Marikana inquiry postponed
A judicial commission of inquiry into the shooting at Lonmin platinum mine was postponed on Wednesday.
Lawyers representing the different parties unanimously decided to put off the matter to 9am on October 22.
Commission chair, retired judge Ian Farlam. said the lawyers had a "very fruitful" meeting where matters were discussed.
He said all parties agreed that the inquiry had to be expedited.
The commission is probing the shooting where 34 miners were killed and 78 wounded when police opened fire on them while trying to disperse protesters near Lonmin's platinum mine in Marikana on August 16.
The decision to have a postponement came after lawyers representing 20 families of miners killed and the 270 arrested workers argued that their clients were not present at the hearing at the Rustenburg Civic Centre.
Dumisa Ntsebeza, for 20 families, said: "This commission is about dead people. I would be very concerned if the relatives of those who died were absolutely absent."
On Monday, Farlam rejected an application by Ntsebeza to postpone the inquiry for two weeks so the families could come to Rustenburg.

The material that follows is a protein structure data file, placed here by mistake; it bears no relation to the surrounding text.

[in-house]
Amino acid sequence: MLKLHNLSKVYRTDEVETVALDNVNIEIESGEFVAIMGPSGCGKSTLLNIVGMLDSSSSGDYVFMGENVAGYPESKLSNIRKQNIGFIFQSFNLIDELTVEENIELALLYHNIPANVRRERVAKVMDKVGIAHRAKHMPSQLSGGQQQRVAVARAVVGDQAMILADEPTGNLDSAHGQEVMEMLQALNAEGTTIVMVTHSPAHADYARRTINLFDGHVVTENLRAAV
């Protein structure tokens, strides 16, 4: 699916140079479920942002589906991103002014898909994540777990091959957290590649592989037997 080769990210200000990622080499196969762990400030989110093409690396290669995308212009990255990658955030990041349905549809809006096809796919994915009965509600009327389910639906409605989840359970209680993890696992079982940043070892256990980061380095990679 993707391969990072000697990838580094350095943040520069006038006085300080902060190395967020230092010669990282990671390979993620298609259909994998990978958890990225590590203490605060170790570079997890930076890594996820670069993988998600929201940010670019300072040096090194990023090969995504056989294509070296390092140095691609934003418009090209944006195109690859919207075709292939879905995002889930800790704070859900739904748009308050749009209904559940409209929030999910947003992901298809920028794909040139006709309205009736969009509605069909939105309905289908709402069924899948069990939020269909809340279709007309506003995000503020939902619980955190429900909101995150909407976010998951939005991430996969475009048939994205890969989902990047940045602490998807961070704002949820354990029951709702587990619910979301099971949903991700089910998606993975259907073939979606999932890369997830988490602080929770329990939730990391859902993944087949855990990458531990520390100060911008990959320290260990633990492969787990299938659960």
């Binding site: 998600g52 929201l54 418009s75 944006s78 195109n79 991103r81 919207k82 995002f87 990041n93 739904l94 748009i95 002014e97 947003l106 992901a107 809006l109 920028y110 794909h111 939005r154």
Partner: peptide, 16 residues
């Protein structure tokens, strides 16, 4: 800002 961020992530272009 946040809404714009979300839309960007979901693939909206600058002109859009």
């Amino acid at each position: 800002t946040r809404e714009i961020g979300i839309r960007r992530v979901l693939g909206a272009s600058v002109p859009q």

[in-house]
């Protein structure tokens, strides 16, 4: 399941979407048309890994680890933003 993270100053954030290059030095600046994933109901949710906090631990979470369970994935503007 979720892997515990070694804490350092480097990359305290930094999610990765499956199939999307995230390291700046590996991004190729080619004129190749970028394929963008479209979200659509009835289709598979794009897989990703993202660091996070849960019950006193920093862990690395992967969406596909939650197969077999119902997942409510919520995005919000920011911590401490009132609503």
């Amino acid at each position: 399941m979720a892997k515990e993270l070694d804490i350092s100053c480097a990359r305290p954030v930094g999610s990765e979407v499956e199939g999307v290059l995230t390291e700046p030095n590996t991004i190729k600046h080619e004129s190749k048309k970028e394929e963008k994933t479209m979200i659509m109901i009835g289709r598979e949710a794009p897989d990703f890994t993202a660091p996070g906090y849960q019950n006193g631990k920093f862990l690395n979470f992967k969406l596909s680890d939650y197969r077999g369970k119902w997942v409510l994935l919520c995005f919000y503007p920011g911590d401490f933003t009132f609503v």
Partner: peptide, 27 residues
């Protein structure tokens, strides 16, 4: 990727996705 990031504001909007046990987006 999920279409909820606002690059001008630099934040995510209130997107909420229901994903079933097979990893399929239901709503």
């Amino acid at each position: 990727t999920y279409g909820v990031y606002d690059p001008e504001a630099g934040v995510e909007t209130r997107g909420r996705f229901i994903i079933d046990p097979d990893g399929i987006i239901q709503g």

Farlam told Ntsebeza the social development department was arranging to bring the families to the hearing.
Dali Mpofu, for the arrested and injured miners, supported Ntsebeza, saying the commission did not want to be accused of having a "half-baked and rushed product".
Just before the postponement was announced on Wednesday afternoon, Farlam said families of five of the mineworkers had arrived.
He asked for the five people's names to be read out.
They stood as their family member's name was read. Farlam expressed his condolences to the families.
"We would want to give you the assurance that we will do all to the best of our abilities to ascertain the facts which led to the deaths of those deceased," he told them.
One of the names read out was that of a police officer.
The commission was supposed to start hearing evidence on Wednesday.
Each party was going to be given the opportunity to give their version of the events on August 16.
However, the legal team for the police said they were not ready to give an account.
Early in the week the SA Police Service informed the commission that a ballistics report would only be ready in October.
Evidence leader Matthew Chaskalson handed in post mortem reports of 31 of the dead miners.
Chaskalson said only three of the post mortem reports for the 10 people killed before the August 16 shooting were available. The other seven still needed to be located.